Archive for the ‘general methodologies’ Category

Quantifying biochar impact on soil

December 3, 2010

Discussions with IRRI gave some simple assumptions which can be used when assessing the impact of biochar addition on the soil.

If biochar analysis is available, then the impact of a known volume of biochar to soil can be calculated. For example, if one square metre of soil is amended with 4 kg of biochar (this is a 40 t/ha application rate), then we can assume that this represents 4% of the soil weight. This is because in 1 m at a 10 cm depth there is 100 litres of soil with an approximate bulk density of 1, which is 100 kg of soil. The properties of the biochar can then be assumed to be diluted in the soil at a 4% rate.

This assumption was then applied to the CEC (Cation Exchange Capacity) where rice husk biochar is added to the research farm soil in Siem Reap, Cambodia.
The soil has a CEC of 18.44 cmol+/kg
Biochar has a CEC of 44.5 cmol+/kg.

Therefore the CEC of the soil can be assumed to be raised to (18.44*0.96)+(44.51*0.04) = 19.48

This is a rough assumption, and should not substitute using actual data, and it assumes that there are no interactions between the soil and the biochar which could influence the CEC of the soil.


End of project meeting, Cambodia

December 2, 2010

Although this won’t be the end of blog posts yet, we held the end of project meeting in Siem Reap 26-27.11.2010.

The aim of this meeting was to put together the end of project document, to discuss findings, and identify further areas for research. The partners from all participating countries attended: ARTI (India), IRRI (Philippines) and University of Edinburgh (representing Cambodia).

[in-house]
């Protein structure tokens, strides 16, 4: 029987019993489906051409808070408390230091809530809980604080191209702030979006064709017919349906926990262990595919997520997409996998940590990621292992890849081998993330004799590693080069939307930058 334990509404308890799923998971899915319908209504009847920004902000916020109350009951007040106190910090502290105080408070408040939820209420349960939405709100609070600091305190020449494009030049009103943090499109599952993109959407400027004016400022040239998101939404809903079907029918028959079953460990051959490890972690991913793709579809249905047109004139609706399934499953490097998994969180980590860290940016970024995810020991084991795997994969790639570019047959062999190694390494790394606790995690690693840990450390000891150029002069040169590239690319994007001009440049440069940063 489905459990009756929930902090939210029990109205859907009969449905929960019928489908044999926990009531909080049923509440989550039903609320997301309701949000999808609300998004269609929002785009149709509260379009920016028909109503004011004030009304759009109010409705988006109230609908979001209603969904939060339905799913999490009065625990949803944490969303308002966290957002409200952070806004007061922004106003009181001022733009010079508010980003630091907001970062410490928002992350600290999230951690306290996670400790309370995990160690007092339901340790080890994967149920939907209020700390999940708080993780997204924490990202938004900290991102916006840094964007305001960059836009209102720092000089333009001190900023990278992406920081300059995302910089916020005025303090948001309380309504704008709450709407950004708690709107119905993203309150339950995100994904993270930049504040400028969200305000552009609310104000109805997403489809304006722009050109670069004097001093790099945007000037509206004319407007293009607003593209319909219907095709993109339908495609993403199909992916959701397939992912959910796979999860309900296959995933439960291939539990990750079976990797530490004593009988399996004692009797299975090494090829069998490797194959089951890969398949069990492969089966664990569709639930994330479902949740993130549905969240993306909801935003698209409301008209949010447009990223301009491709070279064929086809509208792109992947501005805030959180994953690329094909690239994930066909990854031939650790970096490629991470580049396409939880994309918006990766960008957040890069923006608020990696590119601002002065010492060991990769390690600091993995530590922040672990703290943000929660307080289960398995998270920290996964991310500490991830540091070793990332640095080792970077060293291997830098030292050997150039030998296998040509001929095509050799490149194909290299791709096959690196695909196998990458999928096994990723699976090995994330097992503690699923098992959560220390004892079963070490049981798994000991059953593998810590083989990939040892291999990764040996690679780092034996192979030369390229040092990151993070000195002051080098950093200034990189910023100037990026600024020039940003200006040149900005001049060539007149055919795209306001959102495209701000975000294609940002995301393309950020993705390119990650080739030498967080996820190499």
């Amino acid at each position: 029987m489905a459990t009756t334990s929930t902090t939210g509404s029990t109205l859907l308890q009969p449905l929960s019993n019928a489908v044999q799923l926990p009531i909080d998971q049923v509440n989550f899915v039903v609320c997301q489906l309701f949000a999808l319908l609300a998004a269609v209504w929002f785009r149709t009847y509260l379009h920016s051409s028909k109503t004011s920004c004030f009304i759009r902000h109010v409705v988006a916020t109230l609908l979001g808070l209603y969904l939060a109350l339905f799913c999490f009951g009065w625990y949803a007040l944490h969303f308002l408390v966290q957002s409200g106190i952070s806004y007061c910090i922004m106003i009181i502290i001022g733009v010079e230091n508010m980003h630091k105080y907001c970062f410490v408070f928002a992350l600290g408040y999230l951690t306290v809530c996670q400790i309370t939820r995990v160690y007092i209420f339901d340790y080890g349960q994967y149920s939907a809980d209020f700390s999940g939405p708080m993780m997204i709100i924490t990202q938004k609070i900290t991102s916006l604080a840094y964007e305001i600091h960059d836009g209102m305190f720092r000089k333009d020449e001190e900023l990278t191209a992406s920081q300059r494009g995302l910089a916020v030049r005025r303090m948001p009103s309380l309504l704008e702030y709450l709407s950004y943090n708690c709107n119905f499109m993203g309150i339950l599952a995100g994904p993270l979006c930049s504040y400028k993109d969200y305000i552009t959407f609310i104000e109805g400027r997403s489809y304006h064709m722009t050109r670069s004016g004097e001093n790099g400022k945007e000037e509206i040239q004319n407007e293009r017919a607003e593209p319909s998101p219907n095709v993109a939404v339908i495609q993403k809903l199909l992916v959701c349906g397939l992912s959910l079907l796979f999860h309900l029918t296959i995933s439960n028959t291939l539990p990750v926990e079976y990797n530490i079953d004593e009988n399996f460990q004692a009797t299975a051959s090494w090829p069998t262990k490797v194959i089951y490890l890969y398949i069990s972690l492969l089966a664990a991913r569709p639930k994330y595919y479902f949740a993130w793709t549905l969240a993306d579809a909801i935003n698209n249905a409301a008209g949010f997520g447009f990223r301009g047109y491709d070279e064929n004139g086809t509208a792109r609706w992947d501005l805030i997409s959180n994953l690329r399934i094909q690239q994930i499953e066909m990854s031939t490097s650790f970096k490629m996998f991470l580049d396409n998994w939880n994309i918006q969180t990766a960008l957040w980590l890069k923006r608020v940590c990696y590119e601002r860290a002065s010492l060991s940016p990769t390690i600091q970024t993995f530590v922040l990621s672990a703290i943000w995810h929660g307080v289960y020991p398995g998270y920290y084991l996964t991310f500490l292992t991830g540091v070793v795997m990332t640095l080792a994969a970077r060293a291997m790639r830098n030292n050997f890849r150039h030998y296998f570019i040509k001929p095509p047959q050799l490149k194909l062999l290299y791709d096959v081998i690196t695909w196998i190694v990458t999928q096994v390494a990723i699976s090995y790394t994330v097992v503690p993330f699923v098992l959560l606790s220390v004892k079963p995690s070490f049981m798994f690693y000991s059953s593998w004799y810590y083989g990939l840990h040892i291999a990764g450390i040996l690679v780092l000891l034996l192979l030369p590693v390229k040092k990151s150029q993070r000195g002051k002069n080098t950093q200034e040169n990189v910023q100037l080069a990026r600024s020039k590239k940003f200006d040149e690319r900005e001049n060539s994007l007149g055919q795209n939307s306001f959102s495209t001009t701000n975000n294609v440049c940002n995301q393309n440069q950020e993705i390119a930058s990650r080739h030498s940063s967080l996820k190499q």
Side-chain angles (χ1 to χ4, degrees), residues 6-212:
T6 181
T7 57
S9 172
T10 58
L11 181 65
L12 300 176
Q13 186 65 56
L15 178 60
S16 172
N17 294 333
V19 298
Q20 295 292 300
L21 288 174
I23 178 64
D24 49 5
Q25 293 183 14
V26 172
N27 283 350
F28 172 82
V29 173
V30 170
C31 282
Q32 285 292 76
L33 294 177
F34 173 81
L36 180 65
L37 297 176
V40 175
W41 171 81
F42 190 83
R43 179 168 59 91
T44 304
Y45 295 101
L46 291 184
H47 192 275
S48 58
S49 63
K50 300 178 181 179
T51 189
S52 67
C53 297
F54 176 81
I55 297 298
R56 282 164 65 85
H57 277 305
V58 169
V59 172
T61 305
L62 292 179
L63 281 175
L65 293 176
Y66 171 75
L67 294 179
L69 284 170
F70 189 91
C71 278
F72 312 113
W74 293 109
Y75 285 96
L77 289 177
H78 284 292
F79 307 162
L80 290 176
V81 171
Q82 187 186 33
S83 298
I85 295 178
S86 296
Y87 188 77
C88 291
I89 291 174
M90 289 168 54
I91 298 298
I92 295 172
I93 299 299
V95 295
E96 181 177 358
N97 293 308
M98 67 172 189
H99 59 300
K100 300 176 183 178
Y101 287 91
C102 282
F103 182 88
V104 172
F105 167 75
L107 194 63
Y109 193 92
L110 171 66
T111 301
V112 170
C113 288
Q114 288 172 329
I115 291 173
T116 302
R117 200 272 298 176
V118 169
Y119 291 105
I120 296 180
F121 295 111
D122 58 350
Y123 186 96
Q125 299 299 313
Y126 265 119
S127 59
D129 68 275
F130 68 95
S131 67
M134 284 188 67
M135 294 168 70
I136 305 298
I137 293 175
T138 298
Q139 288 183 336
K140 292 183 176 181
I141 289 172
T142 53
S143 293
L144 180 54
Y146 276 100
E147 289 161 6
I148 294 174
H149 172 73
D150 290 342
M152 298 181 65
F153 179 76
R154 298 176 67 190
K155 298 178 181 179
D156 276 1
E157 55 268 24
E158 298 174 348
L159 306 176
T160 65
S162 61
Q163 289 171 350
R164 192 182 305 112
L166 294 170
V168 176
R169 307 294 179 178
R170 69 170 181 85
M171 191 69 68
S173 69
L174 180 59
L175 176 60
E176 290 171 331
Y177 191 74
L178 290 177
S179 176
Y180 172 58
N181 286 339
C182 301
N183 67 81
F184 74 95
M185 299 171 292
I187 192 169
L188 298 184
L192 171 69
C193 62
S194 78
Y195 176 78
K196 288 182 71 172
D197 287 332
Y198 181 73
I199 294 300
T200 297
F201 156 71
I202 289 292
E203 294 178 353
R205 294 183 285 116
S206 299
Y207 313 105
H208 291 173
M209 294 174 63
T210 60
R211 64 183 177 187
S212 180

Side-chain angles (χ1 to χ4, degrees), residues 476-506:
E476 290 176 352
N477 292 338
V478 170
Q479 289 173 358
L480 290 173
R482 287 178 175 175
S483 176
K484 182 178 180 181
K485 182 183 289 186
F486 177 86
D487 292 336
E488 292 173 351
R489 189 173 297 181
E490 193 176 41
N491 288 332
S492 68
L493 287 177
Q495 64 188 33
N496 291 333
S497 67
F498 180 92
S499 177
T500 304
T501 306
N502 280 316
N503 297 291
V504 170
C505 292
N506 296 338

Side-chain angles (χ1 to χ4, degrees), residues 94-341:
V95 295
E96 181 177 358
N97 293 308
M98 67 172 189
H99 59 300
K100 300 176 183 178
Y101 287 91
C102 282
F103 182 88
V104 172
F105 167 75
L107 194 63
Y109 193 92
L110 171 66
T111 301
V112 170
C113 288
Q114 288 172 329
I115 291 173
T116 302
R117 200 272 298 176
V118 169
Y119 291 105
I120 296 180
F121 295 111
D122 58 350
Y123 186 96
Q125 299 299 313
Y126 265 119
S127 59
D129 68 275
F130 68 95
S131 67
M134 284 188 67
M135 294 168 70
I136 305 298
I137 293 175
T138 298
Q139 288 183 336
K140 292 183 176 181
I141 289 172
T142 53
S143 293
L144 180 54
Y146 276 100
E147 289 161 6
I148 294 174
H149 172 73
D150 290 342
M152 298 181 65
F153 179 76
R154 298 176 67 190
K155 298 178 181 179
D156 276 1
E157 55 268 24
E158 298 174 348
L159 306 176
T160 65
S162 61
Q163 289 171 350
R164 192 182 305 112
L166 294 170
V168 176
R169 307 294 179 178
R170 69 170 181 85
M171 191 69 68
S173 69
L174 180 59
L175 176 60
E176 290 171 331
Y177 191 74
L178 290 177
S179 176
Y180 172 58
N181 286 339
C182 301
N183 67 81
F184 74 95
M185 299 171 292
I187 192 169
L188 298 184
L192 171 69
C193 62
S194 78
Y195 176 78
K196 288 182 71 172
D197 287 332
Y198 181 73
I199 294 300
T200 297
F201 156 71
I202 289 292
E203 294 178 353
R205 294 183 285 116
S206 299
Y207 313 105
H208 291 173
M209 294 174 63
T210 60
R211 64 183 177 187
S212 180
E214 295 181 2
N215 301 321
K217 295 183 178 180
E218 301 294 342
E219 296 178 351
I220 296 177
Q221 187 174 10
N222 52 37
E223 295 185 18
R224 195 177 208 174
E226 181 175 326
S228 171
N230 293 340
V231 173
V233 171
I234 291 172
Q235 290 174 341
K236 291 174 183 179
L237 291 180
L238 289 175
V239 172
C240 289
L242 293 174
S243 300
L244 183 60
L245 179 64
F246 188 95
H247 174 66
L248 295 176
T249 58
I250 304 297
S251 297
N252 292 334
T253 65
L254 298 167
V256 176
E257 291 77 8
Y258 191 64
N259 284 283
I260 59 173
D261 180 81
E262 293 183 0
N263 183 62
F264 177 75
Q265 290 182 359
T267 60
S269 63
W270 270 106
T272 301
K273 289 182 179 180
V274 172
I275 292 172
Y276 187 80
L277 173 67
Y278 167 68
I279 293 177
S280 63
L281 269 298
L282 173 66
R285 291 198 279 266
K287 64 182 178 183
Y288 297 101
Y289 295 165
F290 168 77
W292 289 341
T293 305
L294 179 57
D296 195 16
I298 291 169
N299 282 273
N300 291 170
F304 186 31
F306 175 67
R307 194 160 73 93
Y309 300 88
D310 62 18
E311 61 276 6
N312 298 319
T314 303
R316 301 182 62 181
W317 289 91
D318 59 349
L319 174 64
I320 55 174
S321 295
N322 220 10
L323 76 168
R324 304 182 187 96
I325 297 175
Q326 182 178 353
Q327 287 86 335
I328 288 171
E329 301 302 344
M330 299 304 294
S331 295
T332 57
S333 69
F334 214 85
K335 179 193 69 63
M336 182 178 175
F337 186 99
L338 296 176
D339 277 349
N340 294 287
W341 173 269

The meeting was productive, and some interesting discussions occurred, and a focused assessment of future research requirements was discussed. Particular issues where more work is required include:
– Methane emission measurements from alternative feedstock use (including degradation in the rice husk heap)
– Long term measurements on managed biochar field trial plots
– Introduction of high value cash crops (including soy beans and peanuts) into biochar trials
– Investigation into the economics of feedstock prices – for example the potential for a more developed market in rice husk following successful deployment of gasification units
– More work on the potential of biochar production from rice straw (there is relatively more work on rice husk biochar).

We are actively seeking funding to ensure that biochar research is comprehensive in that covers all potentially useful functions of biochar, and also is able to answer some of the unknowns in order to reduce risk of biochar application and production.

Change to India biochar pot trials

August 27, 2010

The egg plants which were transplanted into the biochar amended pot treatments were removed since almost ¼ did not survive (disease). Instead cabbage will be used for the pot trials, which will also make monitoring the results easier. The harvest will be biomass, and only one value will need to be recorded, which will be on the same day when all the plants are uprooted. With crops like egg plant which have multiple harvest, a more intensive monitoring and recording method is required, and there becomes a level of uncertainty with the research interference as to at which time the fruit / vegetables are ready to be harvested. A total of 75 days should be required for this study.